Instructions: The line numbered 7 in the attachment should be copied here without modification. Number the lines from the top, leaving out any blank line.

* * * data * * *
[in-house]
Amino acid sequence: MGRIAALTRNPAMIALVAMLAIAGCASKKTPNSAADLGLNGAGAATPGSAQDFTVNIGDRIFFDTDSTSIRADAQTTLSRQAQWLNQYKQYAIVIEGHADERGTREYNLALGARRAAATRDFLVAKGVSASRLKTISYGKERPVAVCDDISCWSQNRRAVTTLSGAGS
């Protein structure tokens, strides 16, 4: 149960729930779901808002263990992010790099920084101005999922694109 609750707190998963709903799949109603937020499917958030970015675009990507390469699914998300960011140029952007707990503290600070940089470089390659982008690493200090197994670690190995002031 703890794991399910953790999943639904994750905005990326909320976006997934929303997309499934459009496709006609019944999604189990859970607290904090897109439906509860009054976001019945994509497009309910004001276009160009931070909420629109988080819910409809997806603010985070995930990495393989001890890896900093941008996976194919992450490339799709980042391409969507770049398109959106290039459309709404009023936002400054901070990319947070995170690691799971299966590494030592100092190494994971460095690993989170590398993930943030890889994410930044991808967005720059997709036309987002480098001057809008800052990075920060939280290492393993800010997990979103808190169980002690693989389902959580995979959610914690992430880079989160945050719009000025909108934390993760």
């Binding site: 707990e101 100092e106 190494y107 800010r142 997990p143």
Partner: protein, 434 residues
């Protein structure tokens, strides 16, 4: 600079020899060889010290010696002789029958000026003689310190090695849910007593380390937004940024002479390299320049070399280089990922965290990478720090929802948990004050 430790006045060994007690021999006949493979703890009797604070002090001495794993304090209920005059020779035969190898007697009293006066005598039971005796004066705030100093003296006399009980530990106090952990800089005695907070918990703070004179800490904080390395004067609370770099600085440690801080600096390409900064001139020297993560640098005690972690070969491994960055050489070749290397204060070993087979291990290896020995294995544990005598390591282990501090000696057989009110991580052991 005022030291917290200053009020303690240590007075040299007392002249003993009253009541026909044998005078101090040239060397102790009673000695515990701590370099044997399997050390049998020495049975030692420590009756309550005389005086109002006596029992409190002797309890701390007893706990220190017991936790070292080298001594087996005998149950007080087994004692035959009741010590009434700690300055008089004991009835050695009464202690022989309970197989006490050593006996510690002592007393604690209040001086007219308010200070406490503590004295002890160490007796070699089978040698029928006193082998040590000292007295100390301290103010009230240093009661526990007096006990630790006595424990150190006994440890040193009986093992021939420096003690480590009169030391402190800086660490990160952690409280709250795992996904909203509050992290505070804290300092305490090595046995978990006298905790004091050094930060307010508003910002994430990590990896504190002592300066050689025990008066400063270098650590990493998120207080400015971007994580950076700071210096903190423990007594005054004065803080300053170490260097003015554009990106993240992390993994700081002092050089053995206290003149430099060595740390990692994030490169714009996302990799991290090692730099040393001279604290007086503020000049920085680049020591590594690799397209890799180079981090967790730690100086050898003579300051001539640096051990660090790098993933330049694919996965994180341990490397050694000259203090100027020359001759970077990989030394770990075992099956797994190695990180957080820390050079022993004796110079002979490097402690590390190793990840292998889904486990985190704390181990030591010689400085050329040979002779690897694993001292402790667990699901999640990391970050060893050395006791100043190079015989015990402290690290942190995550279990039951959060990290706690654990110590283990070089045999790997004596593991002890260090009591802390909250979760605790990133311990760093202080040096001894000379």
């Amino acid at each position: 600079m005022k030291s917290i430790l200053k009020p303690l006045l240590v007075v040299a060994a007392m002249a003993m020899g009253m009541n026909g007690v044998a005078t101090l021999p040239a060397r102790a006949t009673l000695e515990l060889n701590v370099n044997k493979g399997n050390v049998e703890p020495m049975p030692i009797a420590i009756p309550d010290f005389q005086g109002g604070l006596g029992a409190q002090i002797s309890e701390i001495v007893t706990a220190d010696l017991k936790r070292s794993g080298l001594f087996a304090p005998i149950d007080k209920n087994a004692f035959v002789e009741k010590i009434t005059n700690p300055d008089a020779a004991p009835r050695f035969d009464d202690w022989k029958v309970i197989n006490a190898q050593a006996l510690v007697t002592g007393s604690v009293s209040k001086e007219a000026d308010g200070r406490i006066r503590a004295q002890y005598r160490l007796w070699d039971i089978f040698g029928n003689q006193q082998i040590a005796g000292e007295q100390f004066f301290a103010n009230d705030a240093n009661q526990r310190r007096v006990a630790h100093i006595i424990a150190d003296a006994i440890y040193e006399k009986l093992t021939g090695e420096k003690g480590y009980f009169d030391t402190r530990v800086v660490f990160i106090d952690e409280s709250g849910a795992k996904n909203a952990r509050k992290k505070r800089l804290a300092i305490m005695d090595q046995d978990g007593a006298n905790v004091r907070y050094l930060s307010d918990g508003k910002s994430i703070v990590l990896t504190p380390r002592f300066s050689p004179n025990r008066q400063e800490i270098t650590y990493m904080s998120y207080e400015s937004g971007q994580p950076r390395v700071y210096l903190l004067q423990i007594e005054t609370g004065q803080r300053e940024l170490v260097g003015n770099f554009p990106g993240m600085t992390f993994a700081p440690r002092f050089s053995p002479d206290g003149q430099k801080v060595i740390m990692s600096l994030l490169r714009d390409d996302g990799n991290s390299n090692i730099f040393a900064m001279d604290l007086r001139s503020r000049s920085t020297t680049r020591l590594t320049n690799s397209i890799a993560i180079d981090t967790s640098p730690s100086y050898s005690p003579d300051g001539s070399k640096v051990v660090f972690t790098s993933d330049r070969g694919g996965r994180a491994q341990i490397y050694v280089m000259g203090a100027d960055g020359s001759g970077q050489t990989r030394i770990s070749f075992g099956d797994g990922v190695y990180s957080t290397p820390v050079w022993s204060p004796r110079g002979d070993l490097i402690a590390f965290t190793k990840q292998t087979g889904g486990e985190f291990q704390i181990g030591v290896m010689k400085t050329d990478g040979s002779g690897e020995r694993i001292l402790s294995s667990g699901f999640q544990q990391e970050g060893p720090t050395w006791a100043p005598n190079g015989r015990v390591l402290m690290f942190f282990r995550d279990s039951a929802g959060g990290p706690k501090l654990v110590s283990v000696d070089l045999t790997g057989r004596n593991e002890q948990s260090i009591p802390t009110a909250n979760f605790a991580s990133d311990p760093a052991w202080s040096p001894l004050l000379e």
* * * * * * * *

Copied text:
């Amino acid at each position: 600079m005022k030291s917290i430790l200053k009020p303690l006045l240590v007075v040299a060994a007392m002249a003993m020899g009253m009541n026909g007690v044998a005078t101090l021999p040239a060397r102790a006949t009673l000695e515990l060889n701590v370099n044997k493979g399997n050390v049998e703890p020495m049975p030692i009797a420590i009756p309550d010290f005389q005086g109002g604070l006596g029992a409190q002090i002797s309890e701390i001495v007893t706990a220190d010696l017991k936790r070292s794993g080298l001594f087996a304090p005998i149950d007080k209920n087994a004692f035959v002789e009741k010590i009434t005059n700690p300055d008089a020779a004991p009835r050695f035969d009464d202690w022989k029958v309970i197989n006490a190898q050593a006996l510690v007697t002592g007393s604690v009293s209040k001086e007219a000026d308010g200070r406490i006066r503590a004295q002890y005598r160490l007796w070699d039971i089978f040698g029928n003689q006193q082998i040590a005796g000292e007295q100390f004066f301290a103010n009230d705030a240093n009661q526990r310190r007096v006990a630790h100093i006595i424990a150190d003296a006994i440890y040193e006399k009986l093992t021939g090695e420096k003690g480590y009980f009169d030391t402190r530990v800086v660490f990160i106090d952690e409280s709250g849910a795992k996904n909203a952990r509050k992290k505070r800089l804290a300092i305490m005695d090595q046995d978990g007593a006298n905790v004091r907070y050094l930060s307010d918990g508003k910002s994430i703070v990590l990896t504190p380390r002592f300066s050689p004179n025990r008066q400063e800490i270098t650590y990493m904080s998120y207080e400015s937004g971007q994580p950076r390395v700071y210096l903190l004067q423990i007594e005054t609370g004065q803080r300053e940024l170490v260097g003015n770099f554009p990106g993240m600085t992390f993994a700081p440690r002092f050089s053995p002479d206290g003149q430099k801080v060595i740390m990692s600096l994030l490169r714009d390409d996302g990799n991290s390299n090692i730099f040393a900064m001279d604290l007086r001139s503020r000049s920085t020297t680049r020591l590594t320049n690799s397209i890799a993560i180079d981090t967790s640098p730690s100086y050898s005690p003579d300051g001539s070399k640096v051990v660090f972690t790098s993933d330049r070969g694919g996965r994180a491994q341990i490397y050694v280089m000259g203090a100027d960055g020359s001759g970077q050489t990989r030394i770990s070749f075992g099956d797994g990922v190695y990180s957080t290397p820390v050079w022993s204060p004796r110079g002979d070993l490097i402690a590390f965290t190793k990840q292998t087979g889904g486990e985190f291990q704390i181990g030591v290896m010689k400085t050329d990478g040979s002779g690897e020995r694993i001292l402790s294995s667990g699901f999640q544990q990391e970050g060893p720090t050395w006791a100043p005598n190079g015989r015990v390591l402290m690290f942190f282990r995550d279990s039951a929802g959060g990290p706690k501090l654990v110590s283990v000696d070089l045999t790997g057989r004596n593991e002890q948990s260090i009591p802390t009110a909250n979760f605790a991580s990133d311990p760093a052991w202080s040096p001894l004050l000379e």